Denis Davydov

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The following article is from The Great Soviet Encyclopedia (1979). It might be outdated or ideologically biased.

Davydov, Denis Vasil’evich


Born July 16 (27), 1784. in Moscow; died Apr. 22 (May 4), 1839, in the village of Verkhniaia Maza, in present-day Radishchev Raion, Ul’ianovsk Oblast. Hero of the Patriotic War of 1812, military writer and poet, lieutenant general (1831). From a family of the military dvorianstvo (nobility or gentry).

Davydov served in the army from 1801 in the cavalry and from 1804 in the hussars. From 1806 to 1812, as an adjutant of General P. I. Bagration, he took part in the wars with France (1806–07). Sweden (1808–09). and Turkey (1809–12). He commanded various detachments and displayed decisiveness and personal bravery. At the beginning of the Patriotic War of 1812 he commanded a battalion of the Akhtyrka Hussar Regiment. In August 1812 he suggested to the Russian command that partisan action be organized in the rear of the Napoleonic army. He successfully commanded a detachment of hussars and cossacks in the rear of the enemy. As a participant in the foreign campaigns of 1813–14 he commanded a cavalry regiment and brigade. He was close to several future Decembrists, including M. F. Orlov, F. N. Glinka, and A. A. Bestuzhev. He retired in 1823 as chief of staff of a corps. In 1826 and 1827 he again served in the Caucasus. In 1831 he took part in the repression of the Polish uprising of 1830–31. After 1832 he lived in retirement.

Davydov was the author of several works on military history, including A Diary of the Partisan Movement of 1812 (1860) and An Attempt at a Theory of Partisan Action (1821). He was the first to deny that ice and cold were the reasons for Napoleon’s destruction in Russia and gave vivid characterizations of A. V. Suvorov, M. I. Kutuzov, P. I. Bagration, and others. Davydov first published his poetry in 1803. His poems that attacked the tsar and the court aristocracy circulated in manuscript form; they included “Heads and Feet” and “The River and the Mirror.” He was the creator of the genre called “hussar lyrics,” the unique lyric diary of a Russian officer who was a patriot, a freethinking warrior and poet, and a lover of merry revelry and hussar bravery (“A Hussar’s Feast,” “The Field of Borodino,” and others). His “Contemporary Song” (1836) attacked the pseudoliberals of his time.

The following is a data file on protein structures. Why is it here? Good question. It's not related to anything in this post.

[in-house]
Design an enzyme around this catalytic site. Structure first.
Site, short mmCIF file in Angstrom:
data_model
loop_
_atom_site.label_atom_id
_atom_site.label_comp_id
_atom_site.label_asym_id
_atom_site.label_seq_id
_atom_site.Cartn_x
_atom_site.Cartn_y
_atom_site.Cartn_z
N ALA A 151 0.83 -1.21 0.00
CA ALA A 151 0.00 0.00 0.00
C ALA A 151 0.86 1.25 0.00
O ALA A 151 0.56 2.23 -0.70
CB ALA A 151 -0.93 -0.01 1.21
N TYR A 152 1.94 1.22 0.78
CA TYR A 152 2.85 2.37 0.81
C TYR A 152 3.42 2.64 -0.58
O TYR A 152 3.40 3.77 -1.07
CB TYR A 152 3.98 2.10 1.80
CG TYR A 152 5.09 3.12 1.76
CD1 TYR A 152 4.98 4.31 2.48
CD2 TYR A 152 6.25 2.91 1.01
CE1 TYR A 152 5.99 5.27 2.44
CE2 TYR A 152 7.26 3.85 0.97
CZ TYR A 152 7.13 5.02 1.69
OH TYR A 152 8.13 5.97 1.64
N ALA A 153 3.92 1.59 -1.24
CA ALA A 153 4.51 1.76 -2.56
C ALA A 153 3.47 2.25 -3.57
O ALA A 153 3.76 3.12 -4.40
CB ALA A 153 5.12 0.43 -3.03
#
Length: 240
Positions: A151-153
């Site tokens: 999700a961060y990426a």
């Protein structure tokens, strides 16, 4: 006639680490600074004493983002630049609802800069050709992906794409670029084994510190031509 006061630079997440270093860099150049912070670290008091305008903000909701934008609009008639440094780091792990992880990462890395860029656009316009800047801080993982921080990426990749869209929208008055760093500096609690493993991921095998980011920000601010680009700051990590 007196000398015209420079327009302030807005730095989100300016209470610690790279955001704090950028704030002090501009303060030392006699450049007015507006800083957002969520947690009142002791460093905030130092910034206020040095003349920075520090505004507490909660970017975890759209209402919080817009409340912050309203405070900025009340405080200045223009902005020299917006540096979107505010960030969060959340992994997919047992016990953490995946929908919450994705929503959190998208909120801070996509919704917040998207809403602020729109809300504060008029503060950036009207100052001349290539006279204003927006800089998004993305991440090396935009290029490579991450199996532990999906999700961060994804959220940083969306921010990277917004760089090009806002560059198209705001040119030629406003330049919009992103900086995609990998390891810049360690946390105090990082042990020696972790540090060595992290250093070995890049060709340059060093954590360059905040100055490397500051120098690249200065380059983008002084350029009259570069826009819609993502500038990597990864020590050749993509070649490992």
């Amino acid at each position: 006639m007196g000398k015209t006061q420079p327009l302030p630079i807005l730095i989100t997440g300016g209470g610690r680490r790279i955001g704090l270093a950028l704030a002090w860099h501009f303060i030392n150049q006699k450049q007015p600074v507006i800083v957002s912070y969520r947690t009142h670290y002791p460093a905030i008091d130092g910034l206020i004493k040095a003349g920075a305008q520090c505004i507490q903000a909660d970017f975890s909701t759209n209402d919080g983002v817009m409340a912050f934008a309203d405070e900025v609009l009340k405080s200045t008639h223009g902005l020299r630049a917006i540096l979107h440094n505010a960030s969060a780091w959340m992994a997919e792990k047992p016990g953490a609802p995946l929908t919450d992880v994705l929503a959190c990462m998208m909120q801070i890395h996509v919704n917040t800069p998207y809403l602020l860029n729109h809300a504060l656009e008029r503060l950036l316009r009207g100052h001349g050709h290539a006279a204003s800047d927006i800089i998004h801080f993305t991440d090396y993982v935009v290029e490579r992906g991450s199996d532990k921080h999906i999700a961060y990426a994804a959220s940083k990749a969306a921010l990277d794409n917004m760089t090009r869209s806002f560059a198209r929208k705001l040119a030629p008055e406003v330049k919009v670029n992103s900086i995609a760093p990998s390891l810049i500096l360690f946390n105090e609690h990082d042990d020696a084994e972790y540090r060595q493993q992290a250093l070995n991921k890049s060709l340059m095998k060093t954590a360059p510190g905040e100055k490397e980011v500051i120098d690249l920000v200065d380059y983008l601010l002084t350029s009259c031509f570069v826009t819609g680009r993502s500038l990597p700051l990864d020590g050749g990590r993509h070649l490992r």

Sochinenüa. [Foreword, preparation, editing, and annotation by V. Orlov.] Moscow, 1962.
Voennye zapiski. Moscow, 1940.


Belinskii, V. G. “Sochineniia ν stikhakh i proze Denisa Davydova.” Poln. sobr. soch., vol. 4. Moscow, 1954.
Solov’ev, V. A. Denis Davydov. Moscow, 1963.
Zadonskii, N. A. Denis Davydov: Istoricheskaia khronika. Moscow, 1968.
Semenko, I. M. Poety pushkinskoi pory. [Moscow, 1970.]
Istoriia russkoi literatury XIX v.: Bibliografich. ukazatel’. Moscow-Leningrad. 1962.
Mamyshev, V. N. General-leitenant D. V. Davydov. St. Petersburg, 1904.
Orlov, V. N. D. Davydov. Moscow. 1940.
Partizany 1812 goda, 2nd ed. St. Petersburg, 1911.
The Great Soviet Encyclopedia, 3rd Edition (1970-1979). © 2010 The Gale Group, Inc. All rights reserved.
References in periodicals archive ?
The first of these was discovered by Zhukovsky, the second by Denis Davydov.
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Spleen always loves, and love always spleens"--([phrase omitted]) and on the other, following Denis Davydov, he gives it an exaggerated, slightly ironic pathos--from "What military service!
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